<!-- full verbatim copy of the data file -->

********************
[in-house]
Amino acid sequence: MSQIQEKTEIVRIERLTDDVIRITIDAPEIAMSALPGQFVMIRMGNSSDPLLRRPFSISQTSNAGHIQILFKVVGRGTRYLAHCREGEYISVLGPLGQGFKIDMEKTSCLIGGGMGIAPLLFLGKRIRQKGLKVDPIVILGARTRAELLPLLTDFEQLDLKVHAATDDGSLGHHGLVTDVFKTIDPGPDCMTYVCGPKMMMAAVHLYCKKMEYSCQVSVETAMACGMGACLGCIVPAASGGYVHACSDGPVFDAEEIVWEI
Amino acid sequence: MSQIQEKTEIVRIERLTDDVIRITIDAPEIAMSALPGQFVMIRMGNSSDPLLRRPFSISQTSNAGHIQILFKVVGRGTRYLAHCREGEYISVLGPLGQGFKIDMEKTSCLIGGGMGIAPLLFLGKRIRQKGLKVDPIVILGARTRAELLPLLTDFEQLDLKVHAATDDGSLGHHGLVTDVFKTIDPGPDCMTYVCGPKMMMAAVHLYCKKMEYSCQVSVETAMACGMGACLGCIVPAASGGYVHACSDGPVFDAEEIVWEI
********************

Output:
[in-house]
Amino acid sequence: MSQIQEKTEIVRIERLTDDVIRITIDAPEIAMSALPGQFVMIRMGNSSDPLLRRPFSISQTSNAGHIQILFKVVGRGTRYLAHCREGEYISVLGPLGQGFKIDMEKTSCLIGGGMGIAPLLFLGKRIRQKGLKVDPIVILGARTRAELLPLLTDFEQLDLKVHAATDDGSLGHHGLVTDVFKTIDPGPDCMTYVCGPKMMMAAVHLYCKKMEYSCQVSVETAMACGMGACLGCIVPAASGGYVHACSDGPVFDAEEIVWEI
Amino acid sequence: MSQIQEKTEIVRIERLTDDVIRITIDAPEIAMSALPGQFVMIRMGNSSDPLLRRPFSISQTSNAGHIQILFKVVGRGTRYLAHCREGEYISVLGPLGQGFKIDMEKTSCLIGGGMGIAPLLFLGKRIRQKGLKVDPIVILGARTRAELLPLLTDFEQLDLKVHAATDDGSLGHHGLVTDVFKTIDPGPDCMTYVCGPKMMMAAVHLYCKKMEYSCQVSVETAMACGMGACLGCIVPAASGGYVHACSDGPVFDAEEIVWEI